Printed eyes sit above the side profile of the pink plates, and 1×2 wedges are stacked on the sides and the rabbit’s back. On the top is the controversial 1×3 modified plate. Unfortunately, they do not make this piece in white, and the designers opted for it for structural strength. It’s contentious as it doesn’t fit the white rabbit design and stands out.
The face is finished with a couple of 1x circular pink tiles for some rosy cheeks and a jumper with a black stud for a nose.
Every good rabbit needs some ears, and the build for them is simple stacking of plates, slopes, and a modified plate with a clip. They clip into place and can articulate left to right to position the ears however you like. Personally, I go for the crooked look. The head is attached to the rotational plate, and then the entire build fixes to the grey circular brick exposed in the pot.
Placing flower elements around the rabbit completes the build, and it begins with leaf elements with flower studs on either side of the body. Constructions from cylinder bricks, plates, studs, and connecter elements generate a lovely effect of varying heights and textures. The bright peach flower studs are an inspired pop of color – I wasn’t aware Lego made these pieces in this hue. The same build is made on the other side.
A red tulip is made by connecting a 1×1 green SNOT brick to a large leaf element. A red tooth element and the slopes are connected to each side of the SNOT to make the petal appearance. It’s visually striking and an exceptional use of some common parts. On the opposite side, the same techniques are used with yellow elements.
Another construct of leaf elements, flower studs, and cylinder bricks adds more depth to the flora, and a molded leaf element adds increased variety. Large flower pieces are positioned on these green towers with a flower stud on top.
The last flower is a lilac and light green tulip on a tall stem. The same techniques are used as the previous flower builds, with extra cylinders for height.
The build is complete, and the bunny looks like a cheeky fellow popping out of the flower pot.
I had a wonderful time building this set. Filled with classic building techniques, it was relaxing and rapid. There were plenty of enjoyable moments as each element of the build came together. The constitution’s technic section was straightforward and will be manageable for junior builders. I took delight in discovering how that technique came together.
I relish small pieces coming together to make detail, so putting the flora elements was a delight. The strategy to produce tulips was new for me, and it’s another example of how you can make anything out of Lego with enough imagination and creativity.
This Easter Basket set displays perfectly. The bunny is adorable and not at all slightly off-putting or even verging on demonic, unlike some other rabbits Lego has released recently. Putting the tiny bunny in the flower pot is a nice differentiator from the Year of the Rabbit build we got as a GWP earlier this year.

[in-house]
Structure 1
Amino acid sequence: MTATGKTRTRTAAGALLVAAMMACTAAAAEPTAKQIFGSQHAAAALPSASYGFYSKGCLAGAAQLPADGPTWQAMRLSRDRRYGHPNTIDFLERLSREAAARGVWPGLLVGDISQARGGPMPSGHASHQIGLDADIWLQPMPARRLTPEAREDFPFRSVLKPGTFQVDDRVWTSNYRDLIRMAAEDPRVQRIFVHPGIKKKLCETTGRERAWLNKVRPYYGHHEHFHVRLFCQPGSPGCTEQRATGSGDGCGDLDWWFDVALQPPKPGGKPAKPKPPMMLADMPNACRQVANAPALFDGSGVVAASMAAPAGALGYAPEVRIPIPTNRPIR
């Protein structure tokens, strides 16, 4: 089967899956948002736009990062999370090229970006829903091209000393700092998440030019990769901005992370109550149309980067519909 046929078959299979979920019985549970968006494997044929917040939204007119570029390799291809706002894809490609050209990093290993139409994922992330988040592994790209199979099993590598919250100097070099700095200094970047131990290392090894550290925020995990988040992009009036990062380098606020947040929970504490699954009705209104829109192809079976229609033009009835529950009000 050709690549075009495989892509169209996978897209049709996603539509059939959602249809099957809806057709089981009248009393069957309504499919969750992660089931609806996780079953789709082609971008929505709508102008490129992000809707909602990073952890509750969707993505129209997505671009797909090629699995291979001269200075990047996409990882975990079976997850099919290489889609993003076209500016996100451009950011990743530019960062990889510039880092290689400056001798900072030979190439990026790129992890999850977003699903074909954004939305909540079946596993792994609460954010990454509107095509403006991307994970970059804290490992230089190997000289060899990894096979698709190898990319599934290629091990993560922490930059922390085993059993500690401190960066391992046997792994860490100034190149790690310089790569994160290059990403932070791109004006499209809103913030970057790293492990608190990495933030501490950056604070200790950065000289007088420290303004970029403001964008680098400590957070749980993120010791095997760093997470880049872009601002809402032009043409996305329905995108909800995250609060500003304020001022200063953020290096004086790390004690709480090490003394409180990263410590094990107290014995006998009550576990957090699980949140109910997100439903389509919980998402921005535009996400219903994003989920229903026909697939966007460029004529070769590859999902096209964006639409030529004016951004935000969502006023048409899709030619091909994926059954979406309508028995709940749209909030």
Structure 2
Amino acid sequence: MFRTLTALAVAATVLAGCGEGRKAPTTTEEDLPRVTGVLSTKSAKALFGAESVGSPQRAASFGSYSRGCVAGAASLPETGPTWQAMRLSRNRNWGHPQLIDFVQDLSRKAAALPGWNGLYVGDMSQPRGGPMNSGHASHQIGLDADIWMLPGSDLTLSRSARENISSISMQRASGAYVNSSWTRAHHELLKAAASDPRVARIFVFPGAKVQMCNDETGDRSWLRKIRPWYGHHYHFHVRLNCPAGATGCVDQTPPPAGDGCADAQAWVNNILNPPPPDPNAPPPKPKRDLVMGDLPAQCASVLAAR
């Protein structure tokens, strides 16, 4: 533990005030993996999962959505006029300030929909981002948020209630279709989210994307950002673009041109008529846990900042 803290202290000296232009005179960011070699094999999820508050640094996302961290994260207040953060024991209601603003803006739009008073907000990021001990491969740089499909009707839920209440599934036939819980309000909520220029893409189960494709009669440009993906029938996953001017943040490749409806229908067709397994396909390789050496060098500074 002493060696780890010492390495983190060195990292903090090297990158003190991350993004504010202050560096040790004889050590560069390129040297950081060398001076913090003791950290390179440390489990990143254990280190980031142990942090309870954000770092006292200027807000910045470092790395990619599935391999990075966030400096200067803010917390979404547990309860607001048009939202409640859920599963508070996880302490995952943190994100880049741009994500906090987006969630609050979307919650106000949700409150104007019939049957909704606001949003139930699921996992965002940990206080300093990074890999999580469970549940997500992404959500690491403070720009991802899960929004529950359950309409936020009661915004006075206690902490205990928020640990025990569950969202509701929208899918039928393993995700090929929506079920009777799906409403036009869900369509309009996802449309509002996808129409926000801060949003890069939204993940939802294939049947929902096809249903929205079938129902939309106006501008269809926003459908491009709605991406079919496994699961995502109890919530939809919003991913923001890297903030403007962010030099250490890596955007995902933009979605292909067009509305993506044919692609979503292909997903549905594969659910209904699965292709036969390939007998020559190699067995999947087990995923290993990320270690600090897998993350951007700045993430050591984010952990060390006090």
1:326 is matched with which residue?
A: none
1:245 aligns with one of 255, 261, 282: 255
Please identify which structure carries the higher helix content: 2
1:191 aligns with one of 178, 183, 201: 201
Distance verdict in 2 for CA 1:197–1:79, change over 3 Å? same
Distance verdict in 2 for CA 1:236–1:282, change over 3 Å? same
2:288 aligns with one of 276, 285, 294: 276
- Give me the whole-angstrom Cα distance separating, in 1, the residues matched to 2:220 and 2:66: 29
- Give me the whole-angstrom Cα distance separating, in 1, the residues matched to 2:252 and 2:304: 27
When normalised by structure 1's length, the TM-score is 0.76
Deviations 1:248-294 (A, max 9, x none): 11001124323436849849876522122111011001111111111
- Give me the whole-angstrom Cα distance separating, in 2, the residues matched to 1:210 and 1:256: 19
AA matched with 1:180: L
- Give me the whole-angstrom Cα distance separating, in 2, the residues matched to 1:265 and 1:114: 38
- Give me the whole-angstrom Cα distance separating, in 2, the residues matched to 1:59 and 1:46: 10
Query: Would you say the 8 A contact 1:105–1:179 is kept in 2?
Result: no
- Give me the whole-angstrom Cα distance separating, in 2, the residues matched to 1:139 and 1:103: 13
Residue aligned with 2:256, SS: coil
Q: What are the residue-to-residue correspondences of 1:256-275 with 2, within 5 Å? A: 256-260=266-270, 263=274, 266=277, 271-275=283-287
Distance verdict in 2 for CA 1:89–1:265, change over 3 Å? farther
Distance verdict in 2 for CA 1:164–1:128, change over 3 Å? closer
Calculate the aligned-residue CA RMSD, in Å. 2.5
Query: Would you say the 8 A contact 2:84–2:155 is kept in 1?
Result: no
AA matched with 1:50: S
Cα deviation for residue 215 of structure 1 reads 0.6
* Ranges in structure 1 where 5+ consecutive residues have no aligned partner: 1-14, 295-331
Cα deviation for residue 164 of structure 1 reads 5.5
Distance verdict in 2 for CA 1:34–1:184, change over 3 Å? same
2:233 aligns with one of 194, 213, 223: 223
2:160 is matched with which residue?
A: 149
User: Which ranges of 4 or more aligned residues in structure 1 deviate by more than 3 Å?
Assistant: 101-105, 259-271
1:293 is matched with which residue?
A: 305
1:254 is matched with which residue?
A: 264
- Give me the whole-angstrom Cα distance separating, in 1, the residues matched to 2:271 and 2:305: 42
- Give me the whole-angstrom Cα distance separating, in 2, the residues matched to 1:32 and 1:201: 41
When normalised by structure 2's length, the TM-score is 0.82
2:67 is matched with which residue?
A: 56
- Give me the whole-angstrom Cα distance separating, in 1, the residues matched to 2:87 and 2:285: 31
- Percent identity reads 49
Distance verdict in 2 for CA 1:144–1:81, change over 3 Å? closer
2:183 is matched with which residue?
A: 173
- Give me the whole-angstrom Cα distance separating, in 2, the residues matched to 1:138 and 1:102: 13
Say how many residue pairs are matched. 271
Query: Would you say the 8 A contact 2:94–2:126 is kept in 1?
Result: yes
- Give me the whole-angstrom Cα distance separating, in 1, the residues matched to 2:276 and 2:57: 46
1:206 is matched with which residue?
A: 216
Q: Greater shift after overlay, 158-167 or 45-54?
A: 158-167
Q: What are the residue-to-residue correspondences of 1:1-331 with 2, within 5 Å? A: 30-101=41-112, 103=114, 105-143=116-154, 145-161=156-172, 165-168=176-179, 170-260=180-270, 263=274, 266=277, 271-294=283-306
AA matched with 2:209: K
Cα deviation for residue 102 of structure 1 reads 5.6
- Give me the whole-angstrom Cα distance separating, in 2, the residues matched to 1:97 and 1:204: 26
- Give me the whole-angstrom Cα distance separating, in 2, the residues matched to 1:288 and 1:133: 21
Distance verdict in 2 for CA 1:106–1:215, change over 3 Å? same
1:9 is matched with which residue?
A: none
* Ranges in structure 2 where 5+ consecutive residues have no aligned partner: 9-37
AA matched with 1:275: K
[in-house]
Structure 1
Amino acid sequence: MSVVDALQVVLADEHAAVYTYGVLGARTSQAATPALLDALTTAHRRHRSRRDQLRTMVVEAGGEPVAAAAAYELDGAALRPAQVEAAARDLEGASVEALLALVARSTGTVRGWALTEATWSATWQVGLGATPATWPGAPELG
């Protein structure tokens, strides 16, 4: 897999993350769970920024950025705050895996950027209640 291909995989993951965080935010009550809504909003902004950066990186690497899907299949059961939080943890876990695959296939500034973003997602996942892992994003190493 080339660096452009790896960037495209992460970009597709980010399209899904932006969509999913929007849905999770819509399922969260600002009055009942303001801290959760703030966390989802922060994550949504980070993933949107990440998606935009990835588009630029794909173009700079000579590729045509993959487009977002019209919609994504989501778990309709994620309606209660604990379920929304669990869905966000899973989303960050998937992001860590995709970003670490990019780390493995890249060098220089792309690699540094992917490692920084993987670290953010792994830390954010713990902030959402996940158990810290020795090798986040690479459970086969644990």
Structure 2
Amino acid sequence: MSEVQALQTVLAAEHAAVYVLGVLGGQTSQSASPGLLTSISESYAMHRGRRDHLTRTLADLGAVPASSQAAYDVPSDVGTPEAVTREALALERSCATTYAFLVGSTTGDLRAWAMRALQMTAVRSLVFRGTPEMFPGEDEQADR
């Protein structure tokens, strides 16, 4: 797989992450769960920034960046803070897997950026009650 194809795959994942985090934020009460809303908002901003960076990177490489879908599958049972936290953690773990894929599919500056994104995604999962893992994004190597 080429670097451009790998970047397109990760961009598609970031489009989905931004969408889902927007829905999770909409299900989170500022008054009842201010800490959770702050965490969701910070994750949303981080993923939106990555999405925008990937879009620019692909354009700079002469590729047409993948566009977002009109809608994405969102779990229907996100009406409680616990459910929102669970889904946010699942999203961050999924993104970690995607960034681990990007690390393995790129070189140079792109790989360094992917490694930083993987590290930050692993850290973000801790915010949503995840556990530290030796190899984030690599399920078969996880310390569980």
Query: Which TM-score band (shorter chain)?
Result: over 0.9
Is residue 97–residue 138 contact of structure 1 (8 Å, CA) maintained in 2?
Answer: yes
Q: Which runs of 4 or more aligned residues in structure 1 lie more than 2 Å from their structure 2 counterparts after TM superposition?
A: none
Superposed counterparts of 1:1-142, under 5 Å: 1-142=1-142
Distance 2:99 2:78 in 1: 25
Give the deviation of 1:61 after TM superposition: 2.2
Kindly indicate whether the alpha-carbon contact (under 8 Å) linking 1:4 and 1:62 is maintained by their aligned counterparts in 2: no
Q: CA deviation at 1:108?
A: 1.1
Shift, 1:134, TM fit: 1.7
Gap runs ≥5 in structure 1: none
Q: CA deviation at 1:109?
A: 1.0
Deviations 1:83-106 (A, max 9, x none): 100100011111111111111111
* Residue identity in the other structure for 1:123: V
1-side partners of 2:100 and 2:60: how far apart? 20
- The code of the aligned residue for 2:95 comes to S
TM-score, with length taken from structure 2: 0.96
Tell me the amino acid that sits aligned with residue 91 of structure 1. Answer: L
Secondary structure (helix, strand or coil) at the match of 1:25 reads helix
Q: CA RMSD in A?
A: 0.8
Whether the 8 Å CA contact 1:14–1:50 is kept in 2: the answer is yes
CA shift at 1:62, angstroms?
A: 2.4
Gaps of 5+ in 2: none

The color palate used is simply glorious – mixing the traditional pastels of Easter and the vibrant red and yellows of Spring.
The bunny is charming – highlighted by the pink cheeks. However, the grey clip for the ears is out of place. I understand they do not make this element in white, and two single white clips would not be sturdy, but it is a stand-out flaw in the design.
Not all sets look pleasing from every angle, but this GWP does. The smooth pot and the 360-degree design result in a build that can sit on a table and be admired from any vantage. Minor considerations like these elevate a small display build like this.
The qualifying purchase threshold for this GWP was $70 – a respectable and achievable entry point compared to other recent GWPs. Lego valued this set at $19.99, giving a price per piece (PPP) of 5.4 cents. The parts in the set are small – mostly 1 or 2 stud elements, so the low PPP is to be expected. However, this is still exceptional value, and Lego is providing their consumers with a glorious deal for the low qualifying purchase price. It’s nice to see, as this set will appeal to all ages.
If you make a qualifying purchase between April 1st-9th, you will also receive the Spring VIP pack (if you’re a VIP member), making this GWP a steal. Even if you do not desire the rabbit, the pieces alone are good value for MOC builders.
The Easter Basket is an adorable GWP that has a reasonable threshold entry point. The set looks fantastic from all angles, is appropriate for any age group, and is a joy to build. With 368 pieces, you get a lot of detail in this set, which shows in the 360-degree design.
Pick one up with a qualifying purchase at Lego stores or Lego.com until April 13th.
Oh, and I don’t know why it is called Easter Basket – it is clearly a flower pot.